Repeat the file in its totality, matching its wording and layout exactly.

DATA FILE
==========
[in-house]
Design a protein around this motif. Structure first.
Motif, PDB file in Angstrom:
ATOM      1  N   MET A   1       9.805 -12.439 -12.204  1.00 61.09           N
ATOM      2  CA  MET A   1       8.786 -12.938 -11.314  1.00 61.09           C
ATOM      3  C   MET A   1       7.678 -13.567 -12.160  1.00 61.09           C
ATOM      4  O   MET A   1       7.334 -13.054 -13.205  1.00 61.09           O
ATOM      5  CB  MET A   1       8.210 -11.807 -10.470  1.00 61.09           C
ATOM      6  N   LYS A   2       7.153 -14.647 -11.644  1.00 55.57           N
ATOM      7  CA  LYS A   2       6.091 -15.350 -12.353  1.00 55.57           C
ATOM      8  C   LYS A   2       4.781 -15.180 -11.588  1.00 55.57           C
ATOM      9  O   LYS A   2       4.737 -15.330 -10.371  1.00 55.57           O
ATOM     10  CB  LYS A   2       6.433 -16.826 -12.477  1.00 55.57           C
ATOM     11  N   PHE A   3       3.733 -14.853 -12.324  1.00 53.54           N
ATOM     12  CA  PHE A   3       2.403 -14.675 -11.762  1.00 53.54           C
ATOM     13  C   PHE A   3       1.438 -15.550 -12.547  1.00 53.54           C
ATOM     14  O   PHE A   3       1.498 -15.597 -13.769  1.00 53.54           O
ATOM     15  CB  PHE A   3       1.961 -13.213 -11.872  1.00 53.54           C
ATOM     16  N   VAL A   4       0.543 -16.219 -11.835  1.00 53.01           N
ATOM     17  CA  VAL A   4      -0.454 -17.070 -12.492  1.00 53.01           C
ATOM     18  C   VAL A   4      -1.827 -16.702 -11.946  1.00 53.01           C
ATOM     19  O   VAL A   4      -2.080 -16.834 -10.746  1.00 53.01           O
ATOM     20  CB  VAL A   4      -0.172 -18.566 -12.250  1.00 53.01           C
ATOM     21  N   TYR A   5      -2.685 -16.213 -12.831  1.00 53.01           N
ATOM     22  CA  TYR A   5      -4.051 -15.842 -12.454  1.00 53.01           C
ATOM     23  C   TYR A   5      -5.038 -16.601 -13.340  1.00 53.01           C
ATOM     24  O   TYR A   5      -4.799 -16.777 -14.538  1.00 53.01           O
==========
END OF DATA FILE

[in-house]
Design a protein around this motif. Structure first.
Motif, PDB file in Angstrom:
ATOM      1  N   MET A   1       9.805 -12.439 -12.204  1.00 61.09           N
ATOM      2  CA  MET A   1       8.786 -12.938 -11.314  1.00 61.09           C
ATOM      3  C   MET A   1       7.678 -13.567 -12.160  1.00 61.09           C
ATOM      4  O   MET A   1       7.334 -13.054 -13.205  1.00 61.09           O
ATOM      5  CB  MET A   1       8.210 -11.807 -10.470  1.00 61.09           C
ATOM      6  N   LYS A   2       7.153 -14.647 -11.644  1.00 55.57           N
ATOM      7  CA  LYS A   2       6.091 -15.350 -12.353  1.00 55.57           C
ATOM      8  C   LYS A   2       4.781 -15.180 -11.588  1.00 55.57           C
ATOM      9  O   LYS A   2       4.737 -15.330 -10.371  1.00 55.57           O
ATOM     10  CB  LYS A   2       6.433 -16.826 -12.477  1.00 55.57           C
ATOM     11  N   PHE A   3       3.733 -14.853 -12.324  1.00 53.54           N
ATOM     12  CA  PHE A   3       2.403 -14.675 -11.762  1.00 53.54           C
ATOM     13  C   PHE A   3       1.438 -15.550 -12.547  1.00 53.54           C
ATOM     14  O   PHE A   3       1.498 -15.597 -13.769  1.00 53.54           O
ATOM     15  CB  PHE A   3       1.961 -13.213 -11.872  1.00 53.54           C
ATOM     16  N   VAL A   4       0.543 -16.219 -11.835  1.00 53.01           N
ATOM     17  CA  VAL A   4      -0.454 -17.070 -12.492  1.00 53.01           C
ATOM     18  C   VAL A   4      -1.827 -16.702 -11.946  1.00 53.01           C
ATOM     19  O   VAL A   4      -2.080 -16.834 -10.746  1.00 53.01           O
ATOM     20  CB  VAL A   4      -0.172 -18.566 -12.250  1.00 53.01           C
ATOM     21  N   TYR A   5      -2.685 -16.213 -12.831  1.00 53.01           N
ATOM     22  CA  TYR A   5      -4.051 -15.842 -12.454  1.00 53.01           C
ATOM     23  C   TYR A   5      -5.038 -16.601 -13.340  1.00 53.01           C
ATOM     24  O   TYR A   5      -4.799 -16.777 -14.538  1.00 53.01           O